University of Miami
Department of Mathematics

‌‌

Shing-Tung Yau

William Caspar Graustein Professor of Mathematics
Harvard University

will present

The Shape of Inner Space:
String Theory and the Geometry of the Universe's Hidden Dimensions

Tuesday, January 17, 2012, 5:00pm
The Wesley Center, 1210 Stanford Drive

Reception immediately following the lecture
All interested persons are welcome to attend.

Abstract: String theory says that we live in a 10-dimensional universe, but that only four are accessible to our everyday senses. According to theorists, the missing six are curled up in bizarre geometric spaces known as Calabi-Yau manifolds. In this public lecture Professor Yau will tell us the story of these spaces, while illustrating how mathematics and physics can come together to the benefit of both fields. In the process he will describe his personal introduction to geometry, as well as a bit of the history of geometry. In so doing, he hopes to give a sense of how mathematicians think and approach the world, and to convey the realization that mathematics, far from being a completely abstract discipline, disconnected from everyday phenomena, is crucial to our understanding of the physical world.


Shing-Tung Yau, William Caspar Graustein Professor of Mathematics at Harvard, is one of the most celebrated and influential mathematicians of our times. He has made fundamental contributions to algebraic and differential geometry which have had a profound influence on a wide range of scientific disciplines, including general relativity and string theory. Professor Yau has been the recipient of a remarkable number of scientific distinctions. In 1982, Professor Yau was awarded the Fields Medal, the highest award in mathematics. In 1994, he was awarded the Crafoord Prize by the Royal Swedish Academy, and in 2010 he was awarded the Wolf Prize in Mathematics. He is a past recipient of a MacArthur Fellowship, and in 1997 he received the National Medal of Science. Professor Yau is a member of the National Academy of Sciences and a fellow of the American Academy of Arts & Sciences.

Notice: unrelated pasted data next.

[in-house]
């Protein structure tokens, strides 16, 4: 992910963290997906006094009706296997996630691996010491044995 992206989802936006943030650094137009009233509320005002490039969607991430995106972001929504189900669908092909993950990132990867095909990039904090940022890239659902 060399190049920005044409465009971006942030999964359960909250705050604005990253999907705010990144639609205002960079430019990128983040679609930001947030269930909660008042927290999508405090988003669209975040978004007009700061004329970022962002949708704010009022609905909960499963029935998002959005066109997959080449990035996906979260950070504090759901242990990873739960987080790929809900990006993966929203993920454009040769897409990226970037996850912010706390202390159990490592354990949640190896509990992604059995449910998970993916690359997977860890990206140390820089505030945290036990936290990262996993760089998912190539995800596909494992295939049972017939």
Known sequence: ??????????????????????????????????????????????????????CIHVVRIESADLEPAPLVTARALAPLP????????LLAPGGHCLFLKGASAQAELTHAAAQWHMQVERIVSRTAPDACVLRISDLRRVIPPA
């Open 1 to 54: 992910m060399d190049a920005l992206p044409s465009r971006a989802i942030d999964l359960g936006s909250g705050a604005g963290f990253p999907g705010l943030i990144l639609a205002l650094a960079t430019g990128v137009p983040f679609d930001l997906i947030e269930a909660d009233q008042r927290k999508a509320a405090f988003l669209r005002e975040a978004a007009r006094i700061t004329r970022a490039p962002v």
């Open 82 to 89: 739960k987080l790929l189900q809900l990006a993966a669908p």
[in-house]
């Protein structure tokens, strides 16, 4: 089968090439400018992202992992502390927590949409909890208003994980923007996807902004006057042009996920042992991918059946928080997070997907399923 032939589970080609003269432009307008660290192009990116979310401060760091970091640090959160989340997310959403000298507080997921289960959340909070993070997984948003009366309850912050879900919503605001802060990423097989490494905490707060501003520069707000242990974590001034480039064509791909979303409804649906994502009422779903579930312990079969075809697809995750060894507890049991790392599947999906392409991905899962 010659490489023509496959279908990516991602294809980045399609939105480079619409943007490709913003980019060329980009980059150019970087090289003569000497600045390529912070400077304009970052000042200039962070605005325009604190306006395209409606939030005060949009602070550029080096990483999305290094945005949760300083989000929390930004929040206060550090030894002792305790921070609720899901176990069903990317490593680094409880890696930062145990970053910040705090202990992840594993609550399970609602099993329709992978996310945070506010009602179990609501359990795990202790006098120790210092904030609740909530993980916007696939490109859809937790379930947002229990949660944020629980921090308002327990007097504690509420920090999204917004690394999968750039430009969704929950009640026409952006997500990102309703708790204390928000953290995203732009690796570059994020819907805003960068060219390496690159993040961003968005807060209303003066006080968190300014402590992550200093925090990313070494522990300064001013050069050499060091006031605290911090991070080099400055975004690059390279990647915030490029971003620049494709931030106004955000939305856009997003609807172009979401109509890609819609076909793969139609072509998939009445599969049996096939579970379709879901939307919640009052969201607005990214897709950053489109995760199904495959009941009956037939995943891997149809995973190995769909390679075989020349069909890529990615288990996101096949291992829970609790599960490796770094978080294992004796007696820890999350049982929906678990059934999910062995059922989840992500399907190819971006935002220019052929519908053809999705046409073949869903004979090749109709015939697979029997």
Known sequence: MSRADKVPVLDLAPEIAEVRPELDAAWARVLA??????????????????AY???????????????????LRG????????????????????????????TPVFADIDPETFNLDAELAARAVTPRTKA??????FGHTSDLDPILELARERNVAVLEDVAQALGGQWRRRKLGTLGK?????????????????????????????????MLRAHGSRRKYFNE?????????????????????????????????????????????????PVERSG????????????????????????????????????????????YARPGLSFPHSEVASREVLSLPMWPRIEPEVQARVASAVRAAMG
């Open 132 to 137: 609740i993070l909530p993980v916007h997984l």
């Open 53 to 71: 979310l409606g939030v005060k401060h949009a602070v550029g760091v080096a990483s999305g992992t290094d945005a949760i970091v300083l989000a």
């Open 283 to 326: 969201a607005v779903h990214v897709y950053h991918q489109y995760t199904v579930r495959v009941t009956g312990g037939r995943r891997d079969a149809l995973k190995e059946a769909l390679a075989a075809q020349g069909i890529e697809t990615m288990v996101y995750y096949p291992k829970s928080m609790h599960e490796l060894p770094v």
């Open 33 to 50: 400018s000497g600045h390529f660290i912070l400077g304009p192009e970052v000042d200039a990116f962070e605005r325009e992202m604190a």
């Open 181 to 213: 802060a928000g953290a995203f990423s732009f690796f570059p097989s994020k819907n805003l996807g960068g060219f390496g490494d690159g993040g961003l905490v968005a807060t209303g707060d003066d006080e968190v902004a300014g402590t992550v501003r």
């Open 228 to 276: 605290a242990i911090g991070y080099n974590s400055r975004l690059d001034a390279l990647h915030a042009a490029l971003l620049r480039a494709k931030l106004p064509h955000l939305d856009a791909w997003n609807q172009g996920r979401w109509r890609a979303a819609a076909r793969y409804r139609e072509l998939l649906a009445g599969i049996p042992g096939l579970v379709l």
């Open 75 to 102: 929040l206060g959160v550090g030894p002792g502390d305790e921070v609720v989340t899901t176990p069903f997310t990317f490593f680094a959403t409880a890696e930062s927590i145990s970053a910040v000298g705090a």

The McKnight-Zame Distinguished Lecture Series is made possible by a generous donation from Dr. Jeffry Fuqua, who received his PhD in Mathematics from the University of Miami in 1972 under the direction of Professor James McKnight. This lecture series is named in honor of both Professor McKnight and Professor Alan Zame, who was a close mentor of Dr. Fuqua while he was a student at the University of Miami.

For more information contact Dania Puerto at d.puerto@math.miami.edu or 305.284.2575. Parking is available in the Pavia Garage on the Coral Gables campus of the University of Miami.